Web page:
Unveiling a new perspective with Sherman Jackson's The Islamic Secular

Unveiling a new perspective with Sherman Jackson's The Islamic Secular
Book Club: Sherman Jackson's book 'The Islamic Secular' redefines Islam's secular sphere, challenging Western misconceptions and sparking a fresh dialogue.
5 min read
17 April, 2024

Islam has its own pre-modern secularity that is distinctly different from the European Universalist understanding of secularism: This is the intriguing argument made by Sherman Jackson in The Islamic Secular.

His new book argues that secularism was widely practised in the Muslim world and the intention of Sharia — a body of religious law that forms a part of the Islamic tradition based on the scriptures of Islam — was to have a large secular space.

Jackson often produces fascinating work, whether delving into the history of Islam among Black Americans, tackling medieval Ayyubid-Mamluk law, or writing a book on metaethics about theodicy, slavery, and the Islamic response to African-American suffering.

With a pedigree of rich and engaging works behind him, the question I had when approaching The Islamic Secular was, does this book belong in the same pedigree as his previous excellent works?

Book Club
Live Story

Exploring Islamic Secularism: Sherman Jackson's unique perspective

The book is undeniably rich and comprehensive, offering a thorough perspective that prompts Western Islamic scholars and practicing Muslims to think carefully, as it challenges discourses in both groups. 

The Islamic Secular's central argument revolves around the belief that Sharia governs every facet of life — a perspective commonly held by both Western thinkers and many Muslims.

Jackson challenges this notion, stating: “Islam consists in not one but two distinct yet inextricably bound modes of religiosity; 1) a shar’i mode, whose ground is shari’ah, its sources, and dictates; and 2) a non-shar’i mode — what I refer to as a ‘differentiated,’ ‘secular mode’ — whose concrete substance is not a dictate or derivative of shari’ah or its sources.”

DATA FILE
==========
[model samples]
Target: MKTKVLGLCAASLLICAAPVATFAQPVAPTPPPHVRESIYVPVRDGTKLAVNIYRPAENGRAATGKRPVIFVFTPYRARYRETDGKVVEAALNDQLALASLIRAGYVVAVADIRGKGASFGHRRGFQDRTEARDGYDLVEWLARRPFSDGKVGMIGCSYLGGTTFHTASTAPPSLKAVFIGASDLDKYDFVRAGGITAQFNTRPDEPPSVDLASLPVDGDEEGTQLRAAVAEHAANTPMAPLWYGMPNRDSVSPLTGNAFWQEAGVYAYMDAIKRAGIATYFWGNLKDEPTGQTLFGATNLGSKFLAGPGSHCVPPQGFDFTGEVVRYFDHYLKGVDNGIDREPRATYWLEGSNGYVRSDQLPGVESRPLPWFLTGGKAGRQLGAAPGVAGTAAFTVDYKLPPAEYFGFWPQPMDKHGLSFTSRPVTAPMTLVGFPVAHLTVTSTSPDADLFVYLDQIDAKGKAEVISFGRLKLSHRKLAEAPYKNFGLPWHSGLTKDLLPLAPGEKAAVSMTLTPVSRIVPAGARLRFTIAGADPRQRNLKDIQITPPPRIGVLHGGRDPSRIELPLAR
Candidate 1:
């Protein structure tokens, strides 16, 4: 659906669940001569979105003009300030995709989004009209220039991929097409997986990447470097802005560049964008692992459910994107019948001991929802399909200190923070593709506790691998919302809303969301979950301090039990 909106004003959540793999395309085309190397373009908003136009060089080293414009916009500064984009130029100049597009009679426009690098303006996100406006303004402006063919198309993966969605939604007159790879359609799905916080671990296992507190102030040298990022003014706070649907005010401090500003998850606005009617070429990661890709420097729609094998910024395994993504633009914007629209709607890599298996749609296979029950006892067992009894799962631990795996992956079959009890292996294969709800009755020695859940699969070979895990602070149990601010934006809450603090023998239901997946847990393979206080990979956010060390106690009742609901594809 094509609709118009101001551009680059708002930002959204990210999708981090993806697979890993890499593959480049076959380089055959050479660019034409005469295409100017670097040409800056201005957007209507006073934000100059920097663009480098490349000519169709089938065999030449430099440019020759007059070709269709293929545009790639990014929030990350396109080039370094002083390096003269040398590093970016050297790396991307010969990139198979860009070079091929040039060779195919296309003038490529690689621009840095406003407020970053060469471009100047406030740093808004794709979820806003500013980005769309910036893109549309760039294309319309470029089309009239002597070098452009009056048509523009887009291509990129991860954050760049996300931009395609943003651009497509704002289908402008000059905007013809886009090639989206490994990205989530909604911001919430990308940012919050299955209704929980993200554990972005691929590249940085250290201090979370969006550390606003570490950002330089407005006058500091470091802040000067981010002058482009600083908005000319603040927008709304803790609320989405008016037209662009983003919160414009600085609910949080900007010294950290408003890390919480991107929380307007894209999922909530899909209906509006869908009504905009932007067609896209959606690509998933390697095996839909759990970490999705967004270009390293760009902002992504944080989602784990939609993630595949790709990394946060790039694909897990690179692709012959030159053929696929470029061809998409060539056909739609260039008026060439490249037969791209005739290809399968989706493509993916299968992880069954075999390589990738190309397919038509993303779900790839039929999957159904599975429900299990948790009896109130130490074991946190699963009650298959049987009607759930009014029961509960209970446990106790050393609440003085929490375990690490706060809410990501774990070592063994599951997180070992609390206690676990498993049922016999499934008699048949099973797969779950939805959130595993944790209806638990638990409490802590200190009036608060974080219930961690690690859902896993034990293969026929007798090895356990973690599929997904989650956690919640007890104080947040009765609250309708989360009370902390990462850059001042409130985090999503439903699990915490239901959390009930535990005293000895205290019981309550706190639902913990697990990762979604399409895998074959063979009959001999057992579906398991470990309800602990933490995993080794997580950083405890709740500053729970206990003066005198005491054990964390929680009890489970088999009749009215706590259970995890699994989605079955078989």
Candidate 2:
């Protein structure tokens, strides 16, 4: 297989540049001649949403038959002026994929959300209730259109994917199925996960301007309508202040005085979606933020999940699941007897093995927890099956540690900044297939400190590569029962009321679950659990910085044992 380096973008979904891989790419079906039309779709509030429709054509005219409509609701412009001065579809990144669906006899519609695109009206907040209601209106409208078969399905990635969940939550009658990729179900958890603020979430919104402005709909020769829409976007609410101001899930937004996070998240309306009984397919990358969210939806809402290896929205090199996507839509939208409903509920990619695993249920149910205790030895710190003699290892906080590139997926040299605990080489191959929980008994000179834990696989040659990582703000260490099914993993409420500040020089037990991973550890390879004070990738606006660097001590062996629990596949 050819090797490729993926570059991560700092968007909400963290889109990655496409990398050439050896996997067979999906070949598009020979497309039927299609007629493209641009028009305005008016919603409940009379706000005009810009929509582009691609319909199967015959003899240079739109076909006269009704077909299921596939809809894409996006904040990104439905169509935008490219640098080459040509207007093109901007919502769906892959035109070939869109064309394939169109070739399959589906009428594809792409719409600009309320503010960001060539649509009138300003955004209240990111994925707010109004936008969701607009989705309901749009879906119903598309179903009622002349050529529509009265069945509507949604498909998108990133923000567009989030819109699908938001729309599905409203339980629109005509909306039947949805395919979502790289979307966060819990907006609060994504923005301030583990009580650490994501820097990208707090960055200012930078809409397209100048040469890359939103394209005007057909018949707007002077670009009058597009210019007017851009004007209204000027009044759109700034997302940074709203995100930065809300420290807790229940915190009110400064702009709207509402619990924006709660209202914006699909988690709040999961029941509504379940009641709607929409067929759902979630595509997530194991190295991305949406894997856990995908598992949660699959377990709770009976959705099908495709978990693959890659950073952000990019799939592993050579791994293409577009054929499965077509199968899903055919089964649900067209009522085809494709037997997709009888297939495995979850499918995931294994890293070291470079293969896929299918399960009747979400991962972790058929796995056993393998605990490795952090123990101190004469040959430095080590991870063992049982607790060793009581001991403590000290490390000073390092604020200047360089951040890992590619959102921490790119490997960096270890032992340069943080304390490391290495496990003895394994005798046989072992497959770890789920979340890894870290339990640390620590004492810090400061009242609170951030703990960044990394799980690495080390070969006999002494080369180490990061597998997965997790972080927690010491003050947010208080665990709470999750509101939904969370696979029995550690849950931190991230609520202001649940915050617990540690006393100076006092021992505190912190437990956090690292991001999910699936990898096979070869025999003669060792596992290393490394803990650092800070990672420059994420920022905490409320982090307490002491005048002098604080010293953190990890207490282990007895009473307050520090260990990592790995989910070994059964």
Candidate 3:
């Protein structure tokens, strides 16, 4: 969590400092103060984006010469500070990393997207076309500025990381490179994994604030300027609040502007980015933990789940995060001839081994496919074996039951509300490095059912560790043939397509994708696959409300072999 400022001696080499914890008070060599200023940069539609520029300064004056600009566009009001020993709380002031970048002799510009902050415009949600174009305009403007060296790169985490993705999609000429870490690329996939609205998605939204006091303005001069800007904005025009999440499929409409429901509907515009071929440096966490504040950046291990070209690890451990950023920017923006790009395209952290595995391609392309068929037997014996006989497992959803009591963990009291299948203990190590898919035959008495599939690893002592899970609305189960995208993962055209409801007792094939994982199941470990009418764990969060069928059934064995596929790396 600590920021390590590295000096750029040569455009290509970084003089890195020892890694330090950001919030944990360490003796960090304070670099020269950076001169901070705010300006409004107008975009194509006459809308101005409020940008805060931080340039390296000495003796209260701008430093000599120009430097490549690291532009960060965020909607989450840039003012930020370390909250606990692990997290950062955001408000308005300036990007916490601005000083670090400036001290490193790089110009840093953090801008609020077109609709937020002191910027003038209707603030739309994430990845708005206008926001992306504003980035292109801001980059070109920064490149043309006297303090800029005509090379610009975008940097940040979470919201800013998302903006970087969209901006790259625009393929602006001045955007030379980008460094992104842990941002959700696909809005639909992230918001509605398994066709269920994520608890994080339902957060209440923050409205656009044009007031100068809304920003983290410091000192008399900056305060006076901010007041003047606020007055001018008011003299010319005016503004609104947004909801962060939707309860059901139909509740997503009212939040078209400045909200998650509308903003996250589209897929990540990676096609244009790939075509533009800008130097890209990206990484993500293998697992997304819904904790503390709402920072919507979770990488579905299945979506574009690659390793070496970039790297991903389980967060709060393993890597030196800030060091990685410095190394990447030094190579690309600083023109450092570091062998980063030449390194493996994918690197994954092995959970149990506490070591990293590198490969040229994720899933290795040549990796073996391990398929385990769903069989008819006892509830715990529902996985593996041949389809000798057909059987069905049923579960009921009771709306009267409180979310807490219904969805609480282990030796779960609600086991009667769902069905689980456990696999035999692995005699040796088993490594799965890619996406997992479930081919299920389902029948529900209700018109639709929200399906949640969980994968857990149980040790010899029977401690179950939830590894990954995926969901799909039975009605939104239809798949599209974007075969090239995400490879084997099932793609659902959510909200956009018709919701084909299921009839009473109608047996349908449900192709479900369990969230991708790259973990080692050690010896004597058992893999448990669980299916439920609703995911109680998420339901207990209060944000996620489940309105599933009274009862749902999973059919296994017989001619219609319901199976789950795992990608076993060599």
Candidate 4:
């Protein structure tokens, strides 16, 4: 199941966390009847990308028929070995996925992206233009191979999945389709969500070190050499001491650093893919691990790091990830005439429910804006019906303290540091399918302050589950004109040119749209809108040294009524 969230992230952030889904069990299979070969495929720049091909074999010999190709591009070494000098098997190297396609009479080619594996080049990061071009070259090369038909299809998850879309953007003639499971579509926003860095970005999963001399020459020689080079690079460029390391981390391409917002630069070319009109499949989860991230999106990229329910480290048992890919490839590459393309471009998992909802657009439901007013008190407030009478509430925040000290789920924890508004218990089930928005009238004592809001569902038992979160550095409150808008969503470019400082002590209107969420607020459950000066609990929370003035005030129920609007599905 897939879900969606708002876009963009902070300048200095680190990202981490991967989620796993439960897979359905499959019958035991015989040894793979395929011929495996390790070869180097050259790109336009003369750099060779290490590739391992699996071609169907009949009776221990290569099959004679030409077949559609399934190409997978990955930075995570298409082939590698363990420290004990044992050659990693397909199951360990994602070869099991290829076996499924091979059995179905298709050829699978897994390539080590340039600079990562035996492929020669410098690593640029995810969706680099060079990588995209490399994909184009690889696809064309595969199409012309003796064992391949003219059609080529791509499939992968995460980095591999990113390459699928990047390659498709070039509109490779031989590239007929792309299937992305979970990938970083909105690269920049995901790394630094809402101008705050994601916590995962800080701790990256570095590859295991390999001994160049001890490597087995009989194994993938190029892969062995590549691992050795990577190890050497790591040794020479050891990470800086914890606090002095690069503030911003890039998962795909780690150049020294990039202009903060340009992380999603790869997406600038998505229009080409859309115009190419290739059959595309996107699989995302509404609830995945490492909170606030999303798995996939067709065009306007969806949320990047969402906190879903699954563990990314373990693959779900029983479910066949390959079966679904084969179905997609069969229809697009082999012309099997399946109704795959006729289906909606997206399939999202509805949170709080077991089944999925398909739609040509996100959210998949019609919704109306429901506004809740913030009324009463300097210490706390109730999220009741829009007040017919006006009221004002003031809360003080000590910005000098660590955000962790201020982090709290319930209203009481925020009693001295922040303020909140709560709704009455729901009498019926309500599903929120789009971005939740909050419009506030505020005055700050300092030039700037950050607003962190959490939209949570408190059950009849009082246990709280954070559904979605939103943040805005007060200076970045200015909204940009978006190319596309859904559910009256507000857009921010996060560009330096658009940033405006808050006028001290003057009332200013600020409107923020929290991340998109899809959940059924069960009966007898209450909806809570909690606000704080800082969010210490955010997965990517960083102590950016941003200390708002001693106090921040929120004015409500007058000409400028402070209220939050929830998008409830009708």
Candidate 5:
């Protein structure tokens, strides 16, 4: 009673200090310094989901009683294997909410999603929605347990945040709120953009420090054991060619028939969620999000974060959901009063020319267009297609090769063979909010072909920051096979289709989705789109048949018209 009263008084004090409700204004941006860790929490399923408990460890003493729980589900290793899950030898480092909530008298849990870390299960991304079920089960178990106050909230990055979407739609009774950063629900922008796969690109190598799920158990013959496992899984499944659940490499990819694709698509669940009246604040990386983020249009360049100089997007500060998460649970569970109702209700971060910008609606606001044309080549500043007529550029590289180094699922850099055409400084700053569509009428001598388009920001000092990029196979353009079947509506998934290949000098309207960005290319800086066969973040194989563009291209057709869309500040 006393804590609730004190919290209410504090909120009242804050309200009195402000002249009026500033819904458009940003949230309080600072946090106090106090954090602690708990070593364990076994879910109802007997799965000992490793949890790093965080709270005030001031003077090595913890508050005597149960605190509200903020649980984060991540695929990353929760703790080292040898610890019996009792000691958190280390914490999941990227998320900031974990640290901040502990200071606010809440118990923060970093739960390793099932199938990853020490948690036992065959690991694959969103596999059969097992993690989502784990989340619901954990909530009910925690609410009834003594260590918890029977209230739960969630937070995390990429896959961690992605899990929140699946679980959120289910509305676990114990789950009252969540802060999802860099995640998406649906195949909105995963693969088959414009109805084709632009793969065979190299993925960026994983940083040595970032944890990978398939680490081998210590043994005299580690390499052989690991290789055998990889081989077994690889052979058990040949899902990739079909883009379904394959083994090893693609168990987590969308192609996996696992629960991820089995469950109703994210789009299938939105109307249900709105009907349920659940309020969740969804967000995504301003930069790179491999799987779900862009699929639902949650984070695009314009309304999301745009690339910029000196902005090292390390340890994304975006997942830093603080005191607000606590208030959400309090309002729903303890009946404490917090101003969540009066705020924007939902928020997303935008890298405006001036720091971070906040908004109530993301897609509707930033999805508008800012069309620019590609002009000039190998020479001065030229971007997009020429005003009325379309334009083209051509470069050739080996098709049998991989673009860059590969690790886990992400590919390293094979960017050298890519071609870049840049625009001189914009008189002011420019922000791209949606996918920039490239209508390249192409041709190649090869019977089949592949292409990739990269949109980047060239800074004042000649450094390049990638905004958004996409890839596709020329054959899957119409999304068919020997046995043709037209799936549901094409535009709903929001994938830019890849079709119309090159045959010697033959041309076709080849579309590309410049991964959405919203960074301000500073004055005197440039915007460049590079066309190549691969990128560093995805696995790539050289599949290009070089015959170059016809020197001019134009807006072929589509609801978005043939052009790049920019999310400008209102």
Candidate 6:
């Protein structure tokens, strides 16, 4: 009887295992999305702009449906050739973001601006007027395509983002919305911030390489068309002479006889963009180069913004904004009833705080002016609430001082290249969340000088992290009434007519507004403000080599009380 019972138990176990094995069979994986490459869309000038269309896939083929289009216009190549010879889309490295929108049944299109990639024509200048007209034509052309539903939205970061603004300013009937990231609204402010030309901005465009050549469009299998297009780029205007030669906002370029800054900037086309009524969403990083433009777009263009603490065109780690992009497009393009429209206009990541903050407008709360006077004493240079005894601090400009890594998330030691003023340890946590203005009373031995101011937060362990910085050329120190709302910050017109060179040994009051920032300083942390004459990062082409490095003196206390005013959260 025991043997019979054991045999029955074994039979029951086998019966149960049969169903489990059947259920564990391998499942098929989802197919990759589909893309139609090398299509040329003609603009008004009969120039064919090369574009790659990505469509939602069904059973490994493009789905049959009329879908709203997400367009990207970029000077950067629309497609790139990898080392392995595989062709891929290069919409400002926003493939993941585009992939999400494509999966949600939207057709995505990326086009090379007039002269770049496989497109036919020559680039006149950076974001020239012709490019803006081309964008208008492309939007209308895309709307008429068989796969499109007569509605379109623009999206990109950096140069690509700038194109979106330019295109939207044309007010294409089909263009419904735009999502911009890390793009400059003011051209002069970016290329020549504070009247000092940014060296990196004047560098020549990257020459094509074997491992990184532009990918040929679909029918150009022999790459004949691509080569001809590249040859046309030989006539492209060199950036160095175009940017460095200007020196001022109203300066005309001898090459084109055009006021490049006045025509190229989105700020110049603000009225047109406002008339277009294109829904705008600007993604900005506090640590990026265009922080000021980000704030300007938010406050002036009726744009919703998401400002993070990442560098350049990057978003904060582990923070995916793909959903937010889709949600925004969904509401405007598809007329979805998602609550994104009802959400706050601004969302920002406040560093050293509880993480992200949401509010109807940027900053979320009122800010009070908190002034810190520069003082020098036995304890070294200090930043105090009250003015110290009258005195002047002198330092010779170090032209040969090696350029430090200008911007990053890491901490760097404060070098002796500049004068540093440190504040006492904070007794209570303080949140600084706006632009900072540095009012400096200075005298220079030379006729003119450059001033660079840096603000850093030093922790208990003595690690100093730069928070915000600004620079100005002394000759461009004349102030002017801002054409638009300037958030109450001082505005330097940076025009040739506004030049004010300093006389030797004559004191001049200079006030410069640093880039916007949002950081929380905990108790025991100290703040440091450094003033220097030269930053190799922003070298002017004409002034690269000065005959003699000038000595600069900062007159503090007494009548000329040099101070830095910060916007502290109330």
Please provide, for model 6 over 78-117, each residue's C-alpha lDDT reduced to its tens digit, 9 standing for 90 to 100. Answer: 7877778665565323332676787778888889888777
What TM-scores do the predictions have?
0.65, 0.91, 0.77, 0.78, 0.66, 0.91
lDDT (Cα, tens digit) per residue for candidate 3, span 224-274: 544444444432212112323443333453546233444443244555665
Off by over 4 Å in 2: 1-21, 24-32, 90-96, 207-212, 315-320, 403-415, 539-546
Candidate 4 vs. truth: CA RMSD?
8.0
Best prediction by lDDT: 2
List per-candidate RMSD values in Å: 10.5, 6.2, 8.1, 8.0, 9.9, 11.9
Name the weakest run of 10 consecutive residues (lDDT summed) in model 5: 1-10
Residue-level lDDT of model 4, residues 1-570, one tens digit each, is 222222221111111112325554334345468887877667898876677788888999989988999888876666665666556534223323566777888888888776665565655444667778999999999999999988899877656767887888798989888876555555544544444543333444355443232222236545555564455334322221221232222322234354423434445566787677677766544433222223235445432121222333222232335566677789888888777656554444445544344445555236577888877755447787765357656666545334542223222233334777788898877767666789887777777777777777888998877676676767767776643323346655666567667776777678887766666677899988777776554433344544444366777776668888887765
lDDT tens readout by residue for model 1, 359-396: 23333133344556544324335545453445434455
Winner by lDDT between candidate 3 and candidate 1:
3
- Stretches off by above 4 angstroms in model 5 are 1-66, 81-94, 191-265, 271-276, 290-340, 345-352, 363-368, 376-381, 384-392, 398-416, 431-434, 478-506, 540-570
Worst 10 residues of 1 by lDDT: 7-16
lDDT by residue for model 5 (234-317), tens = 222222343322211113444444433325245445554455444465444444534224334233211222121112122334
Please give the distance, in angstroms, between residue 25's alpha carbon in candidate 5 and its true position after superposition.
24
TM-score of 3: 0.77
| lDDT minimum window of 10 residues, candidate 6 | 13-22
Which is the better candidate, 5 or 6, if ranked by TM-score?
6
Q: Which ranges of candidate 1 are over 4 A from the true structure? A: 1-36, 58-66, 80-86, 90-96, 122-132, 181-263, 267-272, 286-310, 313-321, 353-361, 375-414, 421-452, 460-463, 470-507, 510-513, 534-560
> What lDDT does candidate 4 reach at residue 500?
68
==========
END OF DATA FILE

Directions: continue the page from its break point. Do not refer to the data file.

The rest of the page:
Here, Jackson suggests that Islam is characterised by its boundaries, Sharia has clear limits built into it, and most of daily life, religious life and devotion, falls outside of it.

Jackson illustrates this concept through examples such as the renowned Ottoman architect Mimar Sinan, whose architectural masterpieces in present-day Turkey were driven by religious devotion but not influenced by Sharia.

Sinan thus represents what Jackson terms the 'Islamic Secular,' as his work existed beyond Sharia's boundaries. These boundaries even impacted moral questions, as exemplified by Taqi Al-Din Al-Maqrizi (d. 1442), a Mamluk chronicler, who, in 1403-1404, wrote disparagingly about an economic crisis that struck Egypt.

Book Club
Live Story

The crisis, known as the ‘silver famine,’ occurred when silver, used in everyday currency, ran out. In response, copper coins were issued. While this was happening, trade had been severely affected by the outbreak of plague, military threats, and political instability, exacerbating the economic fallout.